Criminal logo

THE LEGEND OF “BLOODY BATHORY”

Was Elizabeth Bathory a sadistic killer who drank her victim’s blood? Or a victim of a conspiracy theory to discredit her?

By Jen MouzonPublished 2 years ago 4 min read
Erszébet Báthory, Bloody Lady of Čachtice. Unknown author, Public domain, via Wikimedia Commons

Sadistic Beginnings

Countess Elizabeth Bathory was born in 1560 in Nyírbátor, a town about 170 miles east of Budapest. She was fortunate to be born into a wealthy noble family, with ties to members of royalty. By all accounts, Bathory was a well educated and beautiful young woman.

Elizabeth Bathory, Copy of an old portrait, Public domain, via Wikimedia Commons

At 13, Bathory was engaged to Count Ferenc Nádasdy who was five years her senior. One legend says that as a young teen, she had an affair with a lower class man, resulting in a child. When Nádasdy found out, he supposedly had the man castrated and then mauled by dogs.

Portrait of Count Ferenc Nádasdy. Benjamin Block, Public domain, via Wikimedia Commons

After Bathory’s marriage to Nádasdy at 15, the couple moved to his castle in western Hungary. In an effort to please his new young wife, Nádasdy built a torture chamber for them to begin torturing for pleasure. In one instance, they tied a girl down, covered her in honey and left her to be attacked by insects.

Whether Nádasdy enjoyed the sadism that Bathory did is unclear, but he did nothing to dissuade her. In fact, he even gifted her spiked gloves to be used for beating servants. When he died in 1604, by all accounts Bathory’s malicious nature grew.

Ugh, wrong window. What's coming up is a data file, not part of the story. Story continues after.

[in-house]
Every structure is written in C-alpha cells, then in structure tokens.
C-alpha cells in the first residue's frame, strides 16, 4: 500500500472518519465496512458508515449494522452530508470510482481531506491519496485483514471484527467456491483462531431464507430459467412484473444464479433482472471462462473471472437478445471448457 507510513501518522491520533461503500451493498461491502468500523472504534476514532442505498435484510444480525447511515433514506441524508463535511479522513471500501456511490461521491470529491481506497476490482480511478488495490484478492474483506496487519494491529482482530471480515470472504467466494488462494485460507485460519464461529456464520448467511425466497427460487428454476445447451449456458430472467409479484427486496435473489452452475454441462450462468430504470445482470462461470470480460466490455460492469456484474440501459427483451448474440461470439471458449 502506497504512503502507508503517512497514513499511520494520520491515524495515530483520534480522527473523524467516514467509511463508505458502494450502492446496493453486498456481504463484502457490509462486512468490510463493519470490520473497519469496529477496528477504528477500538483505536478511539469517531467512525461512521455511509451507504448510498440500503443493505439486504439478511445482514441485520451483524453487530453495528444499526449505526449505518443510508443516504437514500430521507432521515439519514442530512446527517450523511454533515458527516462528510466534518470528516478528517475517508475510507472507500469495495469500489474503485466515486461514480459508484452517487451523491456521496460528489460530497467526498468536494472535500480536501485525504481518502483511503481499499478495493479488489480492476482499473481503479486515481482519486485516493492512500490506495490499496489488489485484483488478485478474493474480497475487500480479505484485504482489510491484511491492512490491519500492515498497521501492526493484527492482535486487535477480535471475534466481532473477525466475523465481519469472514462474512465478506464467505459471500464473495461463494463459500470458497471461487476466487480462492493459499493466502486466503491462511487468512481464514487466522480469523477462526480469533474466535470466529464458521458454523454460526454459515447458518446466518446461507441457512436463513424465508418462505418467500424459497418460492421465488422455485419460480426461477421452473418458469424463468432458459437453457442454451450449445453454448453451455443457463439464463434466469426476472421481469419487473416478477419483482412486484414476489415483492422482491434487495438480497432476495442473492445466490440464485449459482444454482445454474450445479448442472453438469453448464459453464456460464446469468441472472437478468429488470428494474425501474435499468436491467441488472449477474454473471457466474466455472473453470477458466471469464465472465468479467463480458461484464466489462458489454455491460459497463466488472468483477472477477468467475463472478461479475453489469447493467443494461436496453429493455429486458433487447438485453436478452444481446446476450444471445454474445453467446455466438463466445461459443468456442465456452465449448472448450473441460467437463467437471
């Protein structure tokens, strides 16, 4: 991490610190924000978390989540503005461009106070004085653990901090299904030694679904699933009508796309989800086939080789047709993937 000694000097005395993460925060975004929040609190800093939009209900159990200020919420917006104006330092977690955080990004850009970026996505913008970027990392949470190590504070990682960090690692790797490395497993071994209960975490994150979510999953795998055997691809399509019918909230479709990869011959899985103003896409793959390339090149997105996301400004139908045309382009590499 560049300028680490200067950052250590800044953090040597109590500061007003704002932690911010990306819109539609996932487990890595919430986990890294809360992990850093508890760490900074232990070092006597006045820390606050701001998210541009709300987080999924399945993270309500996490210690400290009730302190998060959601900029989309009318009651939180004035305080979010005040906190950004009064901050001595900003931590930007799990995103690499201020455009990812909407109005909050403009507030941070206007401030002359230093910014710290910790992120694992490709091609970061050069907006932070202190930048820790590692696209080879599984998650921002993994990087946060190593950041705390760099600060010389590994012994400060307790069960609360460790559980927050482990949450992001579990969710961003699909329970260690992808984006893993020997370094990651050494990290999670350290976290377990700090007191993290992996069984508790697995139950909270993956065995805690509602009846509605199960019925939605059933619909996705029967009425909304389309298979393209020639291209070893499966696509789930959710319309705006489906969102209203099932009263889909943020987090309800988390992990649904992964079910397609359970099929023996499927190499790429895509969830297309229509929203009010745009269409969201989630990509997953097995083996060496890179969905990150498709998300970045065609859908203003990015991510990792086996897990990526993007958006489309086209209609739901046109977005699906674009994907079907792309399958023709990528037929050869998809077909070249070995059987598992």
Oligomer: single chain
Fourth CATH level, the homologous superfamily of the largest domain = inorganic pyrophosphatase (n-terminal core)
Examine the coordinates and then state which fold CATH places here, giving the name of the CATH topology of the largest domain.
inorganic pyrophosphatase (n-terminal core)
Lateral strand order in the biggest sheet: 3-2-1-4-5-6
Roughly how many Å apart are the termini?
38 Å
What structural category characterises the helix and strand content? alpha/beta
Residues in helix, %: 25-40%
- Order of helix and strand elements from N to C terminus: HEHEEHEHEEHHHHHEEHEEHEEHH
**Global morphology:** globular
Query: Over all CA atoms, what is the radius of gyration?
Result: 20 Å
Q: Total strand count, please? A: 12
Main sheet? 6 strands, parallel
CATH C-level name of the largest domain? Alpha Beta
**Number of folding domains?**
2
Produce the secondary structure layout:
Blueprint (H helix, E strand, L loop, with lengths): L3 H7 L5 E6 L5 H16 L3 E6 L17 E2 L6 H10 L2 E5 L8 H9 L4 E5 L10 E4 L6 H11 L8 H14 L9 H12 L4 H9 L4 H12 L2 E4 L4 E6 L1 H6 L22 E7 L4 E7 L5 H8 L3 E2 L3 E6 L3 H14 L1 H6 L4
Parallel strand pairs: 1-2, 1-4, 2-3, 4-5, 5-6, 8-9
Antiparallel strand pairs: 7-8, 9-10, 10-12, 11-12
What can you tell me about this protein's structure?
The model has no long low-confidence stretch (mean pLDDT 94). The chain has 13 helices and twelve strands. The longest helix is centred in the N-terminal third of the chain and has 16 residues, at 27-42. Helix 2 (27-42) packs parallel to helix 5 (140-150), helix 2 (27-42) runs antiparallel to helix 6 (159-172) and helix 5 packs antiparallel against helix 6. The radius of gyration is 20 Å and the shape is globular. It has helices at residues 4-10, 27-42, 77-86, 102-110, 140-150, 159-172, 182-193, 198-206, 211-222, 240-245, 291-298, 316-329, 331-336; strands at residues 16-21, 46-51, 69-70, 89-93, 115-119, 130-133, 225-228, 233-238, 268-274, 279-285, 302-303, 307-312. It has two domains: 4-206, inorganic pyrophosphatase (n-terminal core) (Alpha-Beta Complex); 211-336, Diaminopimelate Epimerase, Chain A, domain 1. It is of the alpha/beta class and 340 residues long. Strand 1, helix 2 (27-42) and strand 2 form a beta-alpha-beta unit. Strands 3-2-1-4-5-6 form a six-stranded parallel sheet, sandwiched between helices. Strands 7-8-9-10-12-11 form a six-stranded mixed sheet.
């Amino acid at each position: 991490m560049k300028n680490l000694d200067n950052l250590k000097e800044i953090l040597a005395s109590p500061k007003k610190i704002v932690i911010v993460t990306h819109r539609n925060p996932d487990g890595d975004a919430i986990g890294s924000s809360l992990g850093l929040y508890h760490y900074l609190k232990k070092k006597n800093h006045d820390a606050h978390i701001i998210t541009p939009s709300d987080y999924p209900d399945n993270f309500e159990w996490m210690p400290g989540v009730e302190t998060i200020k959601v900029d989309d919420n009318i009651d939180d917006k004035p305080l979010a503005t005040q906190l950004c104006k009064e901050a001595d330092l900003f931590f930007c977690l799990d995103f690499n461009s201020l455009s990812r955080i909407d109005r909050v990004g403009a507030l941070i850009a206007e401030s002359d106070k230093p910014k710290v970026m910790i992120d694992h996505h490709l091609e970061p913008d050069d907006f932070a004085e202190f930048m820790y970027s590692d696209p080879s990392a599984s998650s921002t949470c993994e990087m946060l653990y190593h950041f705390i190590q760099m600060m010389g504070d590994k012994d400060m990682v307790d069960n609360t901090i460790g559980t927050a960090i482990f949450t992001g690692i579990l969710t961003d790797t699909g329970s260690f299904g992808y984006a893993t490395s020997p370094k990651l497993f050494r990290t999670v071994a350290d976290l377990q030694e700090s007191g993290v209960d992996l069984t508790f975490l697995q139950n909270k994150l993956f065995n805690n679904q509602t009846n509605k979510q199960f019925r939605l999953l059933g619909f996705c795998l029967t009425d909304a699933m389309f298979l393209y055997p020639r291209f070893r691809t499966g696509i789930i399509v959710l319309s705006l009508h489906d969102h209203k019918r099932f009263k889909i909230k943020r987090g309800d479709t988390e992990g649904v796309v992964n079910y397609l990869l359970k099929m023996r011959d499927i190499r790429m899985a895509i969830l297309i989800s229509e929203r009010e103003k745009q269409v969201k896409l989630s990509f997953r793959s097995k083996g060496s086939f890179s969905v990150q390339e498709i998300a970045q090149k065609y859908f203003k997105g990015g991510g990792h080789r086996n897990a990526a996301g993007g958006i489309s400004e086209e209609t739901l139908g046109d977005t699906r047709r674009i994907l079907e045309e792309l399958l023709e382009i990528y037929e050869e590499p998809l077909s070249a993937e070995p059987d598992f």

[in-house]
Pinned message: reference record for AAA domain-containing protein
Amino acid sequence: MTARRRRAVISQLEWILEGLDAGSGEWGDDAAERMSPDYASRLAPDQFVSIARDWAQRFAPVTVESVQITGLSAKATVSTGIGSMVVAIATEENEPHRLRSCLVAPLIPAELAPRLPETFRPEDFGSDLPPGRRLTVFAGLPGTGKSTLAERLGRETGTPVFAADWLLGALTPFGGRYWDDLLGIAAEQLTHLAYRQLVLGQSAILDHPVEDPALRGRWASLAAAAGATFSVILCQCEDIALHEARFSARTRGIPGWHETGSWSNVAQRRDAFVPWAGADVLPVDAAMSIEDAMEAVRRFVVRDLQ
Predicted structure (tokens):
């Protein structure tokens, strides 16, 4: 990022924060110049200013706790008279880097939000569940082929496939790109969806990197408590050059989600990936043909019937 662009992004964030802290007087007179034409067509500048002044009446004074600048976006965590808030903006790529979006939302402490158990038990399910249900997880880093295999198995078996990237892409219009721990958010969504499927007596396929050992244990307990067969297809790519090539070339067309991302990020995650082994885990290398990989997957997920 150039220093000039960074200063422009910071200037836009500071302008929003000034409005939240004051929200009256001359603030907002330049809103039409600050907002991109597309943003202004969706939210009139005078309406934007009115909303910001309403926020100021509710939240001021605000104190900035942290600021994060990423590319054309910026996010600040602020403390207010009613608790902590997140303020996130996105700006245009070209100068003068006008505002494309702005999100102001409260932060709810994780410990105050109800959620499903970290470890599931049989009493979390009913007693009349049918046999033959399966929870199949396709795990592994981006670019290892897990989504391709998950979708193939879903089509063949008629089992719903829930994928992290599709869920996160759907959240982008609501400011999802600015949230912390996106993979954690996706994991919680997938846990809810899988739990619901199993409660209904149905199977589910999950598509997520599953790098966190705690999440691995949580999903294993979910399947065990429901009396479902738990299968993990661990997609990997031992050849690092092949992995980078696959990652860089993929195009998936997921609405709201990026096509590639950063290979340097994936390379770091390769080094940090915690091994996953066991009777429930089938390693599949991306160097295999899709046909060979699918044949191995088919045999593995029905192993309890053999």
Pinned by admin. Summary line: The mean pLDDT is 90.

Increase in Victims

She moved to Čachtice Castle and rumors soon spread. Families attempted to keep their daughters safe and would try to keep them from working in her service. Despite this, Bathory had a steady supply of servants, and nobles would even send their girls to her for their education and training.

Ruins of Čachtice Castle. LMih, CC BY-SA 3.0 , via Wikimedia Commons

During this time, it was significantly easier to get away with killing servants and the lower class, but once rumors spread of Bathory killing the daughters of fellow nobility, an investigation was ordered in 1610.

Matthias II, King of Hungary, ordered a count to visit Bathory and investigate. He supposedly walked in on her leading a torture session of young girls.

Due to her social status, Bathory could not be tried, but four of servants were tried as accomplices. 289 witnesses were called to testify, testimony they gave painted a chilling picture of the tortures she conducted.

Bathory’s Torture Methods

Witnesses described a wide variety of methods that Bathory used to torture and kill her victims. Not lacking in sadistic creativity, Bathory supposedly tortured her victims via:

  • Starvation
  • Beatings
  • Whipping
  • Stabbing
  • Cutting with scissors
  • Sticking needles into lips
  • Burning with hot objects
  • Ice baths in the winter
  • Cutting noses and lips
  • Pins under finger nails
  • Biting pieces of flesh off victims
  • Forcing victims to cook and eat their own flesh

Witnesses described that Bathory believed that drinking a virgin’s blood could grant her eternal youth an beauty. Over the years, legends have grown, claiming that she would also bathe in tubs of her victim’s blood.